Tips and Tricks for Promoting Good Oral Health in Your Children

A father and son brushing their teeth together in the mirror.

It may seem pretty obvious what adults should do to prevent cavities and have good oral health. You’ve probably heard them from your hygienist on multiple occasions –  brush twice a day, floss daily, avoid sugary drinks like soda, and come in for a professional cleaning every 6 months. However, we have a lot of parents that come in thinking that oral hygiene for their children is somewhat different than what they themselves practice. But this isn’t necessarily the case! Below are some common questions that parents ask regarding proper oral hygiene for young children.

At what age should I start bringing in my child for regular dental exams?

This is a common question and although the answer may seem obvious, it’s surprising how many parents wait until it’s too late and their child has several cavities before coming in for the first time. It is recommended to bring your child into the dentist as soon as their baby teeth start coming in. This often happens when your child is around 6-12 months old. Just because your child may only have one or two baby teeth, they can still get cavities, so  it’s vital to bring them in for regular check-ups at the dentist. Creating the habit of bringing them in from an early age will not only acclimate them to having someone poke around in their mouth (which will save you headaches down the road with potential mid-exam meltdowns), but it will also ensure that early signs of tooth decay are detected, saving you money and your child from potential discomfort.

How can I help comfort my child who is teething?

Teething, or the process where baby teeth come in, is often an uncomfortable, though necessary, experience for young children. We often get asked for some easy tips to soothe teething pain. One of the easiest and best things that parents can do is to purchase a soft-bristled toothbrush for babies, get it wet, then throw it in the freezer for an hour. Once it has cooled, give it to your child and let them stick the bristles in their mouth. This will soothe their aching gums, and also get them in the habit of holding a toothbrush and having it in their mouth.

How can I prevent cavities in my young children?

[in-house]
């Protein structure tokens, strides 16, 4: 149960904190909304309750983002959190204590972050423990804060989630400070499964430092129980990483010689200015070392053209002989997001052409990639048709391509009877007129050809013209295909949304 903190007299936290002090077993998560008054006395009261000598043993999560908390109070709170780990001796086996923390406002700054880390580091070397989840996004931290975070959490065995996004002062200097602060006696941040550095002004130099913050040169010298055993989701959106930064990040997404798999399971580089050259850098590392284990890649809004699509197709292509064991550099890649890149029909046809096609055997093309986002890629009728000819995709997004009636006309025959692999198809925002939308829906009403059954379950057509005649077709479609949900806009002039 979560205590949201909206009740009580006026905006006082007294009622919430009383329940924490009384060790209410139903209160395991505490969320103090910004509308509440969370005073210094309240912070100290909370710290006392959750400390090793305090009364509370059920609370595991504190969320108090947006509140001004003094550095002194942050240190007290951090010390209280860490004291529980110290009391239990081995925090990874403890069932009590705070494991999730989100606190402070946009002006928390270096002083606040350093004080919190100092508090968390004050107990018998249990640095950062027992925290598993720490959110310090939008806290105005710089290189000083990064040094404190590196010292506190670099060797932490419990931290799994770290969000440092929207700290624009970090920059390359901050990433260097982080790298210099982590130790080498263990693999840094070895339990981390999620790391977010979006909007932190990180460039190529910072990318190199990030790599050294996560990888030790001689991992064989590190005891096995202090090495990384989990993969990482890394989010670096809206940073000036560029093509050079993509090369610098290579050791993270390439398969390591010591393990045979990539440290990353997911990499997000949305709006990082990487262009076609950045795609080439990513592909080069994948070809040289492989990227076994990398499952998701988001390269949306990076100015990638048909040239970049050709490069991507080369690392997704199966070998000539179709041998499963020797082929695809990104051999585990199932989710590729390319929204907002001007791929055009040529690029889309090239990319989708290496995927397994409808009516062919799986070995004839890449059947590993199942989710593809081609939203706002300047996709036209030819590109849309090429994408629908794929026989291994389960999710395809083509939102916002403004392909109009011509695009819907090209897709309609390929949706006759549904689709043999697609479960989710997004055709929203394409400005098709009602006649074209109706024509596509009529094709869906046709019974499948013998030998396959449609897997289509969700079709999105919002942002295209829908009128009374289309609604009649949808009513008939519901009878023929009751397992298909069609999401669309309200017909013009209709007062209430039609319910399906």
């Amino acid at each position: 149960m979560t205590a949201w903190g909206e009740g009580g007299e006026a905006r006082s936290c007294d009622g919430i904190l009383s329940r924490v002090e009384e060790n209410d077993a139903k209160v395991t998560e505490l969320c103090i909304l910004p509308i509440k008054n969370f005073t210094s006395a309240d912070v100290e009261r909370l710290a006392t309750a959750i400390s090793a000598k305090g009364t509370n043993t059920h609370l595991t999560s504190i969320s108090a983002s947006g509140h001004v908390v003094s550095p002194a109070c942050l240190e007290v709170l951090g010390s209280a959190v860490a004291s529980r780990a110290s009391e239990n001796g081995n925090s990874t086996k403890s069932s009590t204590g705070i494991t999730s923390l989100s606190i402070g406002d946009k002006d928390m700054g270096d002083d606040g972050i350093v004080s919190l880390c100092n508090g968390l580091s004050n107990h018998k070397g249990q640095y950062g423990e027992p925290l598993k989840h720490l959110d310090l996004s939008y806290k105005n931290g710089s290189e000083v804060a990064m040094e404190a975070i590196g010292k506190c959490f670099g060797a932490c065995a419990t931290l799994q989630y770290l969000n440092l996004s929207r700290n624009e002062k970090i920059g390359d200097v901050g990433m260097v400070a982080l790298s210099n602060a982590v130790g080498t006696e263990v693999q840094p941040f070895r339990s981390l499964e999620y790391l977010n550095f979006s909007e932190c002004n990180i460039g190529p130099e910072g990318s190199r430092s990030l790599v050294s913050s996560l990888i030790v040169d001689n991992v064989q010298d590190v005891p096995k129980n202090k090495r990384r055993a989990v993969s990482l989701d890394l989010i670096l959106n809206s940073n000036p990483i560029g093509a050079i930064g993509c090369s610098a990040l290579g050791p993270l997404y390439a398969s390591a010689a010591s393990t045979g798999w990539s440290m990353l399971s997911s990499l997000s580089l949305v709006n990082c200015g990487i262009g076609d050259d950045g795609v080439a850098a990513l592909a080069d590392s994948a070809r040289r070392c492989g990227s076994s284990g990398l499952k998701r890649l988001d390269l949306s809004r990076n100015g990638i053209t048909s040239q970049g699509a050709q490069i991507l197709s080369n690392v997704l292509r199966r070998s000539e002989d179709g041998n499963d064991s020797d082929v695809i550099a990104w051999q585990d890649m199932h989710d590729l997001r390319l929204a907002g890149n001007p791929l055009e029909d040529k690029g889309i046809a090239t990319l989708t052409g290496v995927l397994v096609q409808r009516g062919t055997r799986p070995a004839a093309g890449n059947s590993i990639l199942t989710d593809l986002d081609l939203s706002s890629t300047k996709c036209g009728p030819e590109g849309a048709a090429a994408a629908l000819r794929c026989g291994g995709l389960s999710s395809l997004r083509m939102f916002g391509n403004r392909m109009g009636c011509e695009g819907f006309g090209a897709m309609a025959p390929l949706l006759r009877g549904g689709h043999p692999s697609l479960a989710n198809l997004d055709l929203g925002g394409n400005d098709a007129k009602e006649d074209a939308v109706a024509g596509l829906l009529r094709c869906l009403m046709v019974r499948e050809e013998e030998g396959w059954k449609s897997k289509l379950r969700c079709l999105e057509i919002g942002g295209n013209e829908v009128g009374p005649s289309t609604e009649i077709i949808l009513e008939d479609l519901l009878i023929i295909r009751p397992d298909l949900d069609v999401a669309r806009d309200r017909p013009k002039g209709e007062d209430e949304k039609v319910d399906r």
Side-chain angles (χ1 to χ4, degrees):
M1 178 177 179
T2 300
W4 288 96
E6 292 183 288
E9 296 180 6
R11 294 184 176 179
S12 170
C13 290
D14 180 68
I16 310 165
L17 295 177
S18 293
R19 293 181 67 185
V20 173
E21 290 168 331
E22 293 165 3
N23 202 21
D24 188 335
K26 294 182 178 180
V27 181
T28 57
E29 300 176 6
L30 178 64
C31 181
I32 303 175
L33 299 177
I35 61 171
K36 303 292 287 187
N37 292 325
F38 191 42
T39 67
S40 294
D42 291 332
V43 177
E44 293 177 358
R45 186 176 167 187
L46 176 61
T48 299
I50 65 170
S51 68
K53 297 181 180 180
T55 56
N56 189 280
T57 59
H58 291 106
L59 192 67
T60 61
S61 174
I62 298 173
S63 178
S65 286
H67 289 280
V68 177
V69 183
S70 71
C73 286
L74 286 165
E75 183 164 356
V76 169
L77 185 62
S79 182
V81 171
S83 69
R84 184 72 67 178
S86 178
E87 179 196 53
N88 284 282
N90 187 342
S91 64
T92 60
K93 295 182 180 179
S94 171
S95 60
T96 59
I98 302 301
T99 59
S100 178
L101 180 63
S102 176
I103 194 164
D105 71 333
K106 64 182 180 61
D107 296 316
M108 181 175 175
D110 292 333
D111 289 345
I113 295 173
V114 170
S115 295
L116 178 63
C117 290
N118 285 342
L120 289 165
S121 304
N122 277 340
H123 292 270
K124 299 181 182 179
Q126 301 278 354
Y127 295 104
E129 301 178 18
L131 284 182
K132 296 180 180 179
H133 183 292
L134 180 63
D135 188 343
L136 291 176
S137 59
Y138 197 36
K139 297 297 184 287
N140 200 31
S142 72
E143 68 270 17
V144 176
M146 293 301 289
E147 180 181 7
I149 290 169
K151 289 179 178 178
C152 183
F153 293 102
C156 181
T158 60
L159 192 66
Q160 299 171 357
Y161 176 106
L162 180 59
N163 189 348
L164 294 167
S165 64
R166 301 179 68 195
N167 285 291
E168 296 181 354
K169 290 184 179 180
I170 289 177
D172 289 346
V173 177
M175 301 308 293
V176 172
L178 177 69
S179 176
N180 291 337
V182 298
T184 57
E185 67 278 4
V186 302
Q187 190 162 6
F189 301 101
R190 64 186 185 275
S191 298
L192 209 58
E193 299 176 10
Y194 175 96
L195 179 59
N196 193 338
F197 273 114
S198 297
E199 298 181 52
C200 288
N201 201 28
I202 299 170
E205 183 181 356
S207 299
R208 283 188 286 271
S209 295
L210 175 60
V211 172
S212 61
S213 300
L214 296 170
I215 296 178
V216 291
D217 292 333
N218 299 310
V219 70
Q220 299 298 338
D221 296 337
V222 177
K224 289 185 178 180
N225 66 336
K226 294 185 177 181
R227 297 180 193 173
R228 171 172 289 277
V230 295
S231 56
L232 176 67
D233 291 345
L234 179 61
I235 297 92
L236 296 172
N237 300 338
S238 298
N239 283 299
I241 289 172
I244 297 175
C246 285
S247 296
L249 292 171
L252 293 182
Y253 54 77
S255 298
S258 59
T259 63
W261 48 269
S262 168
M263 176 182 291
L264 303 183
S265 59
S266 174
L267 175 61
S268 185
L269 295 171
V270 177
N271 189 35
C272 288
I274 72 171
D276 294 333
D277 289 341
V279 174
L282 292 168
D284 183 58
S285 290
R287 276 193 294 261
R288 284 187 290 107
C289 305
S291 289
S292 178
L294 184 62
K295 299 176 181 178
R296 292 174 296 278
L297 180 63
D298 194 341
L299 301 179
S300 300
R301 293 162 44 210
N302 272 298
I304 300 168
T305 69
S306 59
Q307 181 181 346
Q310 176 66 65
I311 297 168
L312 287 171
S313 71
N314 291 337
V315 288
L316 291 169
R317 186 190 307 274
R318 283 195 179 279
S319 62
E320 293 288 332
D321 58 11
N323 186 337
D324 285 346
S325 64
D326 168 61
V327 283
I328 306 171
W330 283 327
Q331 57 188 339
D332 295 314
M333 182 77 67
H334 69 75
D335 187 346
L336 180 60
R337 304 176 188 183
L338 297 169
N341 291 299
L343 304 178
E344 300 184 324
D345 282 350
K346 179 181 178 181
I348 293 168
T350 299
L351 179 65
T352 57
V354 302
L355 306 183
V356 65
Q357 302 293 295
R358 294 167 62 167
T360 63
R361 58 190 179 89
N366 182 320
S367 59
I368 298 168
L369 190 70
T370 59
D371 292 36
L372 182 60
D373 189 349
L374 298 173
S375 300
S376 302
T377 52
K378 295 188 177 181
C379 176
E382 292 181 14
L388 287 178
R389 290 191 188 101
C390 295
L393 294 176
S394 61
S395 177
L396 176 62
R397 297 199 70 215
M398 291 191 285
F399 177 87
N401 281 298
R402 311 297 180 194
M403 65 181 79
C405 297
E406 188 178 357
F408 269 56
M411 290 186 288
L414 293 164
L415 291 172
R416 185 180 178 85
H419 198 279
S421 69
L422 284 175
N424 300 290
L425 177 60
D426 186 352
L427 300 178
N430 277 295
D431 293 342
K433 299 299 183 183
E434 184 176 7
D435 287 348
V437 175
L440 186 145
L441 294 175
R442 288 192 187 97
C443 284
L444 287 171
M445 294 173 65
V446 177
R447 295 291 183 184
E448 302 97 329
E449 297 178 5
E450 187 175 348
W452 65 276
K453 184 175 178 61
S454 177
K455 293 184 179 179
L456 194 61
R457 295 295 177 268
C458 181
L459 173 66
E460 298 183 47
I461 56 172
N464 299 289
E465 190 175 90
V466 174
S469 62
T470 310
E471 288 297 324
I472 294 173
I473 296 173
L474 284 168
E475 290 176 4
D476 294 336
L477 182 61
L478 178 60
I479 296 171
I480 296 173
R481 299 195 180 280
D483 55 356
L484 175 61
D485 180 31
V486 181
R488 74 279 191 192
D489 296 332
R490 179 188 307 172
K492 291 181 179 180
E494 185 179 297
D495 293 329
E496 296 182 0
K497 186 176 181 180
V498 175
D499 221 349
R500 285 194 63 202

This is perhaps the most frequently asked question we get concerning young children.The answer is simple: : brush your children’s teeth with a fluoride toothpaste twice a day, help them floss, and avoid prolonged exposure to sugar. Even if your child is only 6 months old and has the tips of teeth jutting out, it is a good idea to help them brush with a fluoride toothpaste. In regards to flossing, try laying your child down so their head is in your lap, much like they would be in the dental chair, and floss their teeth. If this is too difficult for you with traditional floss, a flosser or a waterpik are also effective.

Finally, avoid sugar exposure as much as possible, including soda and candy. Many parents are surprised to hear that milk also contains sugar.  The most common way that cavities are formed in young children is when parents put them to bed with a bottle of milk. If a child l falls asleep with the bottle in their mouth, milk can drip into their mouth and sit there, pooled near your child’s teeth for hours while they sleep. The sugars in the milk eat away at your child’s tooth enamel, causing cavities. Instead of putting them to bed with milk, try feeding them the entire bottle before laying them in their crib with a pacifier. You can also swap out milk for water, which is harmless to your child’s teeth.

We hope these answered some of your questions regarding how best to care for your child’s oral health. If you have further questions, your hygienist would be happy to offer more tips and tricks.